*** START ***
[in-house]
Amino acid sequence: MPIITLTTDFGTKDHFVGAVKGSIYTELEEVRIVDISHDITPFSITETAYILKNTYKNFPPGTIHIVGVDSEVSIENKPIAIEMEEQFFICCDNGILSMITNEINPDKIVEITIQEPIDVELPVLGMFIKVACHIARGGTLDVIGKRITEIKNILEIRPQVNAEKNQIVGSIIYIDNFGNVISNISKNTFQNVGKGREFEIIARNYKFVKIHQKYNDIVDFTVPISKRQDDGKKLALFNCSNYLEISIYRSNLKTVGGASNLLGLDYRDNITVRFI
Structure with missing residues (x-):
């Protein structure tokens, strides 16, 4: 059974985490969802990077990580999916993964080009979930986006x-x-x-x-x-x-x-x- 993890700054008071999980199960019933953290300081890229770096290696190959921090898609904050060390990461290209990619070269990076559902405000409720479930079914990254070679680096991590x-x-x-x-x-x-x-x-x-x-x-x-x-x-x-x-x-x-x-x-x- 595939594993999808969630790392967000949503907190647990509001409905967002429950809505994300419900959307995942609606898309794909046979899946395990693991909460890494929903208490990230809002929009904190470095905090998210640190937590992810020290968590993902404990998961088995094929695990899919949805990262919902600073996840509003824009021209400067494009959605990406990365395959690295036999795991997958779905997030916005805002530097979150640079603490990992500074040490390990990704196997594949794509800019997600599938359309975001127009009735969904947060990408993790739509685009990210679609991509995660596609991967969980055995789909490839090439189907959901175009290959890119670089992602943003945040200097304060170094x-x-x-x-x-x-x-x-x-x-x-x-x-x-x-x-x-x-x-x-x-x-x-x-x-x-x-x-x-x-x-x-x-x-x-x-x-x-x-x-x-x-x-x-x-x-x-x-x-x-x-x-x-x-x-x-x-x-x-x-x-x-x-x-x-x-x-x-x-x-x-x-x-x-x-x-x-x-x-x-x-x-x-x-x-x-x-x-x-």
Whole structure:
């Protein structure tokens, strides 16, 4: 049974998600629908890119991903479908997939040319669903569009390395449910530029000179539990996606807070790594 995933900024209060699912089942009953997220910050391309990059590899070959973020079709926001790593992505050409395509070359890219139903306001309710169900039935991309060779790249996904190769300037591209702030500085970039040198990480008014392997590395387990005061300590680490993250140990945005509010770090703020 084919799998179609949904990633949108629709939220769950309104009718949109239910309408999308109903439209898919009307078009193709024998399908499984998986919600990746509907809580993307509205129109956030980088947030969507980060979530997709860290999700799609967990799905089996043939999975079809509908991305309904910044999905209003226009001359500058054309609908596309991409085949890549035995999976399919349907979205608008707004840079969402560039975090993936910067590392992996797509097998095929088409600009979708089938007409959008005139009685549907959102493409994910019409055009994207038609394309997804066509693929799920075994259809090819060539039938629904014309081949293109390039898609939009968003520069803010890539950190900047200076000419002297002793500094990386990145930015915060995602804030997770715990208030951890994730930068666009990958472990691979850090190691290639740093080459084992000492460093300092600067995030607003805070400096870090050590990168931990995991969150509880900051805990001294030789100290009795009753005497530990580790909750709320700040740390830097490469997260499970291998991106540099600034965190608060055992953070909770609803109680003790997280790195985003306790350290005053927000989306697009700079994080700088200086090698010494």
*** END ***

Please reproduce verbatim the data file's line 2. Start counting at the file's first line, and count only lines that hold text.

Amino acid sequence: MPIITLTTDFGTKDHFVGAVKGSIYTELEEVRIVDISHDITPFSITETAYILKNTYKNFPPGTIHIVGVDSEVSIENKPIAIEMEEQFFICCDNGILSMITNEINPDKIVEITIQEPIDVELPVLGMFIKVACHIARGGTLDVIGKRITEIKNILEIRPQVNAEKNQIVGSIIYIDNFGNVISNISKNTFQNVGKGREFEIIARNYKFVKIHQKYNDIVDFTVPISKRQDDGKKLALFNCSNYLEISIYRSNLKTVGGASNLLGLDYRDNITVRFI